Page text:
Hair loss

Stop Stress-Induced Hair Loss Now

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Medically approved by Dr Earim Chaudry
Chief Medical Officer
iconLast updated 5th June 2023

Stress-induced hair loss can happen to any of us. Find out how to stop stress-induced hair loss to regrow hair and regain your confidence.


Stress-related hair loss is a temporary form of hair loss caused by feelings of stress. Fortunately, you can reduce the effects of stress-induced hair loss and promote healthy new hair growth in several ways. This guide will cover how to stop hair loss from stress, types of stress-induced hair loss, symptoms, and treatment options.

Stress-related hair loss is a type of hair loss caused by increased stress and anxiety. Our physical and emotional bodies are intrinsically connected, meaning high-stress levels can significantly impact our physical health.

Stress-induced hair loss is caused by significant emotional stress, which differs for each person. This could include a break-up, work stress, pressure from school, or financial insecurity. When stressed, our body can no longer function optimally, so our hair begins to suffer.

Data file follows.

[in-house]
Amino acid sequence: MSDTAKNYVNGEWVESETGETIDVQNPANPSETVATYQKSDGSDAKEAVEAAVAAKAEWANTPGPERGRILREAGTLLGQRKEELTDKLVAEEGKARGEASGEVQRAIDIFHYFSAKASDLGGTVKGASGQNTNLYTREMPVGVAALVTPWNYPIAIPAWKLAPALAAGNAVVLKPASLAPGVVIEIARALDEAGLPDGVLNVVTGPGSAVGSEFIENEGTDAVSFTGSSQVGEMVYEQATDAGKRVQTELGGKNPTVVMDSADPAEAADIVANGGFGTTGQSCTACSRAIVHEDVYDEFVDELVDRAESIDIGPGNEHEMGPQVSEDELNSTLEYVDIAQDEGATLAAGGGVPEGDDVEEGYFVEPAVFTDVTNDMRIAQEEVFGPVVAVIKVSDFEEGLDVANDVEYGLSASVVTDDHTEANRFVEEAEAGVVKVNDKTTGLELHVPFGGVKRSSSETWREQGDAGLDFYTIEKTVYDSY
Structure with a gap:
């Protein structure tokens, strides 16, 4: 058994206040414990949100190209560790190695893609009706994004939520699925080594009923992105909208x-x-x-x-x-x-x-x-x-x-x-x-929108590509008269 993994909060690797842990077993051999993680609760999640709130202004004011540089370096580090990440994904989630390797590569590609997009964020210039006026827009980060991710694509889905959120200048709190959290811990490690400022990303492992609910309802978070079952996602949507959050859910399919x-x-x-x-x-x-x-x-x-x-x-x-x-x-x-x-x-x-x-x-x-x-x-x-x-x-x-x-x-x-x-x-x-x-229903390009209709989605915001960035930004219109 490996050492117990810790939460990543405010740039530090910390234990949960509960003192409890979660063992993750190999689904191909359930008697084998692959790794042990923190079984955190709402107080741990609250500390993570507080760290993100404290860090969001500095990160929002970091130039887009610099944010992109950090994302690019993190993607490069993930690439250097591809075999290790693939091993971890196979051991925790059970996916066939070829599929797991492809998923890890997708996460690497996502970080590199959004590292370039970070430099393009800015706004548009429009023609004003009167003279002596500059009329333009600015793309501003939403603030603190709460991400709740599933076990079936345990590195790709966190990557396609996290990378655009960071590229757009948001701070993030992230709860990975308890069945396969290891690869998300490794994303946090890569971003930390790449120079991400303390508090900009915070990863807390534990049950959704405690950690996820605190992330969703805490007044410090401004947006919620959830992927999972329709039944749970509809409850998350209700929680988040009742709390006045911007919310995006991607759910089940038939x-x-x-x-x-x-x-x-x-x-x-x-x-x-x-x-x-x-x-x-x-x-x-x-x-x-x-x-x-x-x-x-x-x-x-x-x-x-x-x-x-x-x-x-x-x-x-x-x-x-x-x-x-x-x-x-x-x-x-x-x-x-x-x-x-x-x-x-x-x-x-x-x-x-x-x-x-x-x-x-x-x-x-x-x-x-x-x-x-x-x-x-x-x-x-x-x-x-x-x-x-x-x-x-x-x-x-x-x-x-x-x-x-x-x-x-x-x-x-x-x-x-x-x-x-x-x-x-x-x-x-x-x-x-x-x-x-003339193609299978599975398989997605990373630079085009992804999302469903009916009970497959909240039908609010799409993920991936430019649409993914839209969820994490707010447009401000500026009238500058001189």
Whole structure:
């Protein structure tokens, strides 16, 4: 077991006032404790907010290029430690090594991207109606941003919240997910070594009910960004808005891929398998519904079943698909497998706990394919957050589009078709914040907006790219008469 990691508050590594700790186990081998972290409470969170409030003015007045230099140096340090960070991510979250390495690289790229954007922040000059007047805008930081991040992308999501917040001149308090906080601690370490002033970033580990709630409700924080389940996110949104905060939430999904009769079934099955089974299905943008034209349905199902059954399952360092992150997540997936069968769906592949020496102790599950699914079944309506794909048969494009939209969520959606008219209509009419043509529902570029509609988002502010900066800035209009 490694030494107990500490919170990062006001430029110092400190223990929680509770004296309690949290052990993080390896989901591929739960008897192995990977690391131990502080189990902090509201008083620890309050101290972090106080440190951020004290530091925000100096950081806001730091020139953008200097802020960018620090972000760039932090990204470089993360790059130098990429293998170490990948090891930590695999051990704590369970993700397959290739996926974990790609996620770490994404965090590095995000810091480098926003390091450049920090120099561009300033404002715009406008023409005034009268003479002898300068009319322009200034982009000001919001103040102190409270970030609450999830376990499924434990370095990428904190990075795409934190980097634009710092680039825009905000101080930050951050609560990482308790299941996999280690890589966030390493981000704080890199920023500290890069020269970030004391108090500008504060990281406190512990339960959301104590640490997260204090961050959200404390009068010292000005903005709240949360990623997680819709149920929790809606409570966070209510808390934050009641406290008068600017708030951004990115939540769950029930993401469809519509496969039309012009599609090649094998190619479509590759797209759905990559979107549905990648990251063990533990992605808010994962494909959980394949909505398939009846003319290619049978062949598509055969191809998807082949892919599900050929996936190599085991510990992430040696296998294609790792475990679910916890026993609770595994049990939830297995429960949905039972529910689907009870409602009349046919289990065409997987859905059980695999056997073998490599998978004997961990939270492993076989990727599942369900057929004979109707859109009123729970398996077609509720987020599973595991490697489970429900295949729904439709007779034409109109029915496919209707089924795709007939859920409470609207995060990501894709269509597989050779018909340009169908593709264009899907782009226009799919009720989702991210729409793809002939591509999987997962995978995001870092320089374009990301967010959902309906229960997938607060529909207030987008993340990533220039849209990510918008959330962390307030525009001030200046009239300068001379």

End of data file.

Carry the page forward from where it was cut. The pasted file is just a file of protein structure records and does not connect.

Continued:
Hair loss caused by stress differs from other forms of hair loss, such as male pattern baldness. This is not caused by stress, although stress may worsen it. Male pattern baldness is caused by an overproduction of a hormone called DHT (dihydrotestosterone) on the scalp and can be treated with finasteride.

To fully understand stress-related hair loss, it’s important to understand the hair growth cycle. A human scalp consists of around 100,000 hair follicles. Each hair follicle grows one strand of hair. It does this in 3 phases, known as the growth, resting, and shedding phases (in this order). On average, we can shed around 30 to 150 hairs every day.